Opportunistic infections in mice infected with LP-BM5 murine retrovirus on a binge ethanol diet.
AuthorDarban, Hamid Reza.
AdvisorWatson, Ronald R.
MetadataShow full item record
PublisherThe University of Arizona.
RightsCopyright © is held by the author. Digital access to this material is made possible by the University Libraries, University of Arizona. Further transmission, reproduction or presentation (such as public display or performance) of protected items is prohibited except with permission of the author.
AbstractA murine model of AIDS (Acquired Immune Deficiency Syndrome) for study of immunomodulatory effects of alcohol on opportunistic infection was developed. C57BL-6 female mice were infected with murine retrovirus, LP-BM5. Mice were fed a liquid diet containing alcohol which produced withdrawal upon cessation. Controls were fed the diet with sucrose replacing ethanol. Dramatic differences were observed in spleen weight and thymus weight, but not body weight in virus infected or virus infected mice fed the alcohol diet. Ethanol suppressed the numbers of T-cells and macrophages. There was significant changes due to virus infection with and without alcohol treatment in T-subsets, B-cells and macrophages. However none were seen due to ethanol in uninfected controls. Alcohol further suppressed immune functions in retrovirally infected mice beyond that caused by the virus. Some mice were challenged with Streptococcus pneumoniae and Cryptosporodium. Adult mice that had been infected with LP-BM5 virus for 3, 4, or 5 months, when challenged by the oral route with Cryptosporidium, exhibited significant colonization on the intestinal villiae by this organism 10 days following oral challenge. Control mice did not show any oocyst in the villiae after 10 days following oral challenge. Resistance to S. pneumoniae was significantly reduced by retroviral infection, but not by short-term, binge, exposure to dietary ethanol. After 38 days of LP-BM5 infection, the virus infected alcohol fed group showed the shortest survival. The effects of immunization to S. pneumoniae antigens, as well as adoptively transferred cells in virally infected mice were studied. Survival of the mice to S. pneumoniae were influenced by different immunizations. The virus infected group had a much faster death rate in comparison than longer surviving unifected controls. Immunization played an important role in delaying the death rate in all treated groups. Transferring normal spleen cells from healthy, unimmunized mice also enabled the retrovirally infected mice to survive the bacterial infection longer than unimmunized, but retrovirally infected mice. This indicated the potential to enhance resistance by immunization and the transfer of immunocompetent cells to a system, immunosuppressed by retroviral infection. Clearly, retroviral infection modulates resistance with additional effects of ethanol. This model further expands and defines LP-BM5 infection as a murine model of retrovirally induced immune deficiency.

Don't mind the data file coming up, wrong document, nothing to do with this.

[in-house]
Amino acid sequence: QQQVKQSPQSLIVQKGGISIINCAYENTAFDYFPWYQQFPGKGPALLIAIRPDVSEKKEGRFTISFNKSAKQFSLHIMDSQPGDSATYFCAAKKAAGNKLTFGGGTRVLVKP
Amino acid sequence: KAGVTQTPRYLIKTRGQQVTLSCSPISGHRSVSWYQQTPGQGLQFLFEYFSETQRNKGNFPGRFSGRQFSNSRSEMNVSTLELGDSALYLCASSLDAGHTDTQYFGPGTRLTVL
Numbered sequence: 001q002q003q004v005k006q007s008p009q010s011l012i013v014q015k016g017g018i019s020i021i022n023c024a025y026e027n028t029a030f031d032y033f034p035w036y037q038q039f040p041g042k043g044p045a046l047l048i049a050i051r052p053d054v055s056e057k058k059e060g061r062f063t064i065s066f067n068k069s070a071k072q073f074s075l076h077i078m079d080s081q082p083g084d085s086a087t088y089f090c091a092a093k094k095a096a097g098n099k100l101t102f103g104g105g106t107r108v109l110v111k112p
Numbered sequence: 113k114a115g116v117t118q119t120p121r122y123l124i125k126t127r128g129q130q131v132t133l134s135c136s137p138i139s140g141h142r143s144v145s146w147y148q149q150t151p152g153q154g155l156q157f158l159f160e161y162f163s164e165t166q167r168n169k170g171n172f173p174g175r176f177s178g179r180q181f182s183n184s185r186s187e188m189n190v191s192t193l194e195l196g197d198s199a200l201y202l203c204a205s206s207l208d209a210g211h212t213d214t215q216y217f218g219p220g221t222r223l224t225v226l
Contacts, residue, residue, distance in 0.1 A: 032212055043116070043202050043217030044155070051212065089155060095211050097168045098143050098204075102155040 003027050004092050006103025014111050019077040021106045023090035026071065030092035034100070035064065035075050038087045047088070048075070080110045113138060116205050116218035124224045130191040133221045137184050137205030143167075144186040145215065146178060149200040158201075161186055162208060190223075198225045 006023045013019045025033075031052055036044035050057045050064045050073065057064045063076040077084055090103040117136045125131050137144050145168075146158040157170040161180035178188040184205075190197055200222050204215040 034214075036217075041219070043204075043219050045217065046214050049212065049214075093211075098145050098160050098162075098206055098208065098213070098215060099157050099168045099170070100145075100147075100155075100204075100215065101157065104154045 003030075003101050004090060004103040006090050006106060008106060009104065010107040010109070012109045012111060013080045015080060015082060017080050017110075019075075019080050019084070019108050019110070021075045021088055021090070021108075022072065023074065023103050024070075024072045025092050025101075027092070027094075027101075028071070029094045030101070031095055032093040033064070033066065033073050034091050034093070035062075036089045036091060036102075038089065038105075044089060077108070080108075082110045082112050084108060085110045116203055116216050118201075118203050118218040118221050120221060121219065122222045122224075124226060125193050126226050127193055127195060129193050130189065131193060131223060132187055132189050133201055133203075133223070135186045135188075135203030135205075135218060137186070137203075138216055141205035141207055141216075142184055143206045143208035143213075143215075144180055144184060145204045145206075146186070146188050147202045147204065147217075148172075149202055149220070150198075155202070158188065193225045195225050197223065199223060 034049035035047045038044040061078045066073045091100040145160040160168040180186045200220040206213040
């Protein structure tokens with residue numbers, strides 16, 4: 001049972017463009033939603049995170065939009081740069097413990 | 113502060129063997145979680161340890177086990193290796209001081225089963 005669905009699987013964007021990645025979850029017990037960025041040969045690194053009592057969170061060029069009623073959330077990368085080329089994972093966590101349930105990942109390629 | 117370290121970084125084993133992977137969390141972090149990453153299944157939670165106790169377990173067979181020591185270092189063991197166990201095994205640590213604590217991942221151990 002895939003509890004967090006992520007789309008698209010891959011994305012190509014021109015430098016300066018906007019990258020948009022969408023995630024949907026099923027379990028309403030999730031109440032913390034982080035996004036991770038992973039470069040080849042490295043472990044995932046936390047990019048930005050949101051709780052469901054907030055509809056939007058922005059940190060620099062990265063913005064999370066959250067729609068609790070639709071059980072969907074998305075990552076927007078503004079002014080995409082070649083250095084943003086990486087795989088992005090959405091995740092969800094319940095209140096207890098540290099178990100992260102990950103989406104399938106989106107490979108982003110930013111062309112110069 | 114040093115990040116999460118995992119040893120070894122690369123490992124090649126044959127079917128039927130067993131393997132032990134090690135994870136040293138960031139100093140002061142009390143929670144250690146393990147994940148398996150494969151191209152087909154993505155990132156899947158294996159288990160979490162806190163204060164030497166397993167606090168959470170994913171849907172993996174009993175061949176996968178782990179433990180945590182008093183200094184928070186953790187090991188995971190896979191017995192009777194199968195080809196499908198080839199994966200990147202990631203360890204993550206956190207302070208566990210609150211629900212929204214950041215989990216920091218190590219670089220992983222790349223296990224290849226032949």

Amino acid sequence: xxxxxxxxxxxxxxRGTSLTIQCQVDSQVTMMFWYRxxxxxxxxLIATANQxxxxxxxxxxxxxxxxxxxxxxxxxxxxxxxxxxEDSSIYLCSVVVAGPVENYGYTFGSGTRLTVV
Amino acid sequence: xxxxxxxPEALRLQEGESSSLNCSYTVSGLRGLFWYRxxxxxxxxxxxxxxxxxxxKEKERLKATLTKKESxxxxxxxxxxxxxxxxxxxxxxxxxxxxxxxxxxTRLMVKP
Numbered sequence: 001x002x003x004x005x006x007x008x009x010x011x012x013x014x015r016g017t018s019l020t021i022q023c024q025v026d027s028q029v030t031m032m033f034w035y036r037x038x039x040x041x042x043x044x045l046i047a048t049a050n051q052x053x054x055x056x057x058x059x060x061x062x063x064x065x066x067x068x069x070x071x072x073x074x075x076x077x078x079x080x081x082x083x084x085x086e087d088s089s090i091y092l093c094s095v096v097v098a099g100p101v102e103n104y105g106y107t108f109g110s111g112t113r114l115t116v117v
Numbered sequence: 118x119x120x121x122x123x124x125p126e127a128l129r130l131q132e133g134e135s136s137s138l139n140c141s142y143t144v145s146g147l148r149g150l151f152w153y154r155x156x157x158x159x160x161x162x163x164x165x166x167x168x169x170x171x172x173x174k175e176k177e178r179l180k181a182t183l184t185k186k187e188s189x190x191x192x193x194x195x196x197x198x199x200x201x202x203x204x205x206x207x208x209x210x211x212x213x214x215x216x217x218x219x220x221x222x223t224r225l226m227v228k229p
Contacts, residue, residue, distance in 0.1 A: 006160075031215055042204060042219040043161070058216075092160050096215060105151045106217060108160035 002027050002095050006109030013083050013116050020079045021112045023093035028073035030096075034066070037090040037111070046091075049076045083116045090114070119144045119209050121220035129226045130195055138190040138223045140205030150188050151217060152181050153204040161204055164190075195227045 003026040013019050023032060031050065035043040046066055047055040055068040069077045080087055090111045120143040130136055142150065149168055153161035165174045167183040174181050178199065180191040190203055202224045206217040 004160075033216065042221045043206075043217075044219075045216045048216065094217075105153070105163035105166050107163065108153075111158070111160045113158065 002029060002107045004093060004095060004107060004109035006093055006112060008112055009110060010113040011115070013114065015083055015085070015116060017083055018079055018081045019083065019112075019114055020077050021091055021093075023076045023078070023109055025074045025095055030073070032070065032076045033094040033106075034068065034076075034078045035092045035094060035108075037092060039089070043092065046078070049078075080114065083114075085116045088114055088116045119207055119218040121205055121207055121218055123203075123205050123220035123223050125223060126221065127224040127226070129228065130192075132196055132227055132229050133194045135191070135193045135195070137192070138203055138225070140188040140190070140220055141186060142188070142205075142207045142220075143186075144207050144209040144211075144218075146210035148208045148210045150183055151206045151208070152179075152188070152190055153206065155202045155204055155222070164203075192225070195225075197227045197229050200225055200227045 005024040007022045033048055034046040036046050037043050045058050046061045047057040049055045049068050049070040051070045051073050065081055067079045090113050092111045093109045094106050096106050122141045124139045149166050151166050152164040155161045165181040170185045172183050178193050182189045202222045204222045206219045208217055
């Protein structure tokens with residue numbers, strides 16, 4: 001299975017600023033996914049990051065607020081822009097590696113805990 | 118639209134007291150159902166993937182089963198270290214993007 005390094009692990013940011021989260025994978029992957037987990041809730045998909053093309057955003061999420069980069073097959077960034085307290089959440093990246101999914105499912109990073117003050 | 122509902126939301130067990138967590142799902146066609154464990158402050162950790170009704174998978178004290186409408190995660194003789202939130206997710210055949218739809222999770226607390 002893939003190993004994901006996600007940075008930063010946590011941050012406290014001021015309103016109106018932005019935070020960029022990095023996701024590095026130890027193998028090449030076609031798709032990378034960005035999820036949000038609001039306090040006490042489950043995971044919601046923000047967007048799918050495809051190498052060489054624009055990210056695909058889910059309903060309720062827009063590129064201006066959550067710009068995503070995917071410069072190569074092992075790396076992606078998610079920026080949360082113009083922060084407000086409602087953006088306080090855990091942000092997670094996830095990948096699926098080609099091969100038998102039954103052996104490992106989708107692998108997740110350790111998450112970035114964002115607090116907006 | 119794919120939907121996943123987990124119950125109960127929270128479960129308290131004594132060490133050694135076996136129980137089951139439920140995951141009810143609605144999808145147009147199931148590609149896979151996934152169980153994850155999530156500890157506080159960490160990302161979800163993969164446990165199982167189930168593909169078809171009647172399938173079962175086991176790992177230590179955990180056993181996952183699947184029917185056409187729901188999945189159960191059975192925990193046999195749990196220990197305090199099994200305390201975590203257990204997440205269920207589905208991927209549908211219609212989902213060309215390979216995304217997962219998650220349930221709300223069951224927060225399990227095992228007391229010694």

Degree ProgramNutritional Sciences